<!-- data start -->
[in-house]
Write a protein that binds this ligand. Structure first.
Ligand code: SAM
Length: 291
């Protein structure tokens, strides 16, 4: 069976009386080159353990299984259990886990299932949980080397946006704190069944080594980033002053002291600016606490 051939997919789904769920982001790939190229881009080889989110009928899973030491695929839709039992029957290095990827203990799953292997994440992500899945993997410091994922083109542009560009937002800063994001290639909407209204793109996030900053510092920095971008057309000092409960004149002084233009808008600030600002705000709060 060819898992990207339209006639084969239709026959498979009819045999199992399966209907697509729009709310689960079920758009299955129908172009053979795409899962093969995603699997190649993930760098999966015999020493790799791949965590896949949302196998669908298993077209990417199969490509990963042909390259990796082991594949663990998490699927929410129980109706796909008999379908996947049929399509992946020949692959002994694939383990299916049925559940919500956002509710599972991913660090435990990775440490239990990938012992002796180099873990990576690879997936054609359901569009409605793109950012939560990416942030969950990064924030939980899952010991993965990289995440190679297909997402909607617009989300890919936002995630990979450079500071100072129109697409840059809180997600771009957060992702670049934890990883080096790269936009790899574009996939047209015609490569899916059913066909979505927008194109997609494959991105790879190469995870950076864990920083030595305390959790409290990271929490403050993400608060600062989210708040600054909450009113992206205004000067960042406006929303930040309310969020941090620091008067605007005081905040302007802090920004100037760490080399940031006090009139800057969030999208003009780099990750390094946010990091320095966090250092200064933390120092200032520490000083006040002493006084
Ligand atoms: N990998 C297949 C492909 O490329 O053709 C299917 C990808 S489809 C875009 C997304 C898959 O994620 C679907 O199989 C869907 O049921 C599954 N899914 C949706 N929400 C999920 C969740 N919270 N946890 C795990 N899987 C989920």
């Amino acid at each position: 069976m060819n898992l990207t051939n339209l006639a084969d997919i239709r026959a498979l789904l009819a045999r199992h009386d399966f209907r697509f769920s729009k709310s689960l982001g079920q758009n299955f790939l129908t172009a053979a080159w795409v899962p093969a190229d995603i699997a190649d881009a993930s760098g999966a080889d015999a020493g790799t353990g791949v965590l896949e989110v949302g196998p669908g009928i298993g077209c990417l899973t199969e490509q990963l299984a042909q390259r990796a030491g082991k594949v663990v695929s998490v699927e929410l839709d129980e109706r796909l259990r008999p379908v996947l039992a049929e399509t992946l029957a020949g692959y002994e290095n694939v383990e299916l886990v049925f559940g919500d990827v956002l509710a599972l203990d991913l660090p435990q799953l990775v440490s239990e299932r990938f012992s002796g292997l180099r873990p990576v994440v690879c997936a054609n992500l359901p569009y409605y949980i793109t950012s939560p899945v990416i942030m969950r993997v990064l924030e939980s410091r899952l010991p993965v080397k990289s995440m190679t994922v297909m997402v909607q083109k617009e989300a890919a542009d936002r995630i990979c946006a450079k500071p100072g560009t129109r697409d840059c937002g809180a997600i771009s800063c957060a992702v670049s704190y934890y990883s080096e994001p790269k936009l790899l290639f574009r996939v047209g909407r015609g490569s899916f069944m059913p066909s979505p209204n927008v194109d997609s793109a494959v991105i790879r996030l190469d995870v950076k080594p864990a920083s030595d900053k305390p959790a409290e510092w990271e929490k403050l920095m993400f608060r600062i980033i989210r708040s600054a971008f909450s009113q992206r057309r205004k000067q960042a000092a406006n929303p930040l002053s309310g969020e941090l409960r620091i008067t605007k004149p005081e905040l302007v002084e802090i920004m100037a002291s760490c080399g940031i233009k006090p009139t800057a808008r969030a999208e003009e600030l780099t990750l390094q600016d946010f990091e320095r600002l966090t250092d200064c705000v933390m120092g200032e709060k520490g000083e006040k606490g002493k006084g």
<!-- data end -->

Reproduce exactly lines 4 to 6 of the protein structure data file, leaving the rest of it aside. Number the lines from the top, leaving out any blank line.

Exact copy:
Length: 291
């Protein structure tokens, strides 16, 4: 069976009386080159353990299984259990886990299932949980080397946006704190069944080594980033002053002291600016606490 051939997919789904769920982001790939190229881009080889989110009928899973030491695929839709039992029957290095990827203990799953292997994440992500899945993997410091994922083109542009560009937002800063994001290639909407209204793109996030900053510092920095971008057309000092409960004149002084233009808008600030600002705000709060 060819898992990207339209006639084969239709026959498979009819045999199992399966209907697509729009709310689960079920758009299955129908172009053979795409899962093969995603699997190649993930760098999966015999020493790799791949965590896949949302196998669908298993077209990417199969490509990963042909390259990796082991594949663990998490699927929410129980109706796909008999379908996947049929399509992946020949692959002994694939383990299916049925559940919500956002509710599972991913660090435990990775440490239990990938012992002796180099873990990576690879997936054609359901569009409605793109950012939560990416942030969950990064924030939980899952010991993965990289995440190679297909997402909607617009989300890919936002995630990979450079500071100072129109697409840059809180997600771009957060992702670049934890990883080096790269936009790899574009996939047209015609490569899916059913066909979505927008194109997609494959991105790879190469995870950076864990920083030595305390959790409290990271929490403050993400608060600062989210708040600054909450009113992206205004000067960042406006929303930040309310969020941090620091008067605007005081905040302007802090920004100037760490080399940031006090009139800057969030999208003009780099990750390094946010990091320095966090250092200064933390120092200032520490000083006040002493006084
Ligand atoms: N990998 C297949 C492909 O490329 O053709 C299917 C990808 S489809 C875009 C997304 C898959 O994620 C679907 O199989 C869907 O049921 C599954 N899914 C949706 N929400 C999920 C969740 N919270 N946890 C795990 N899987 C989920």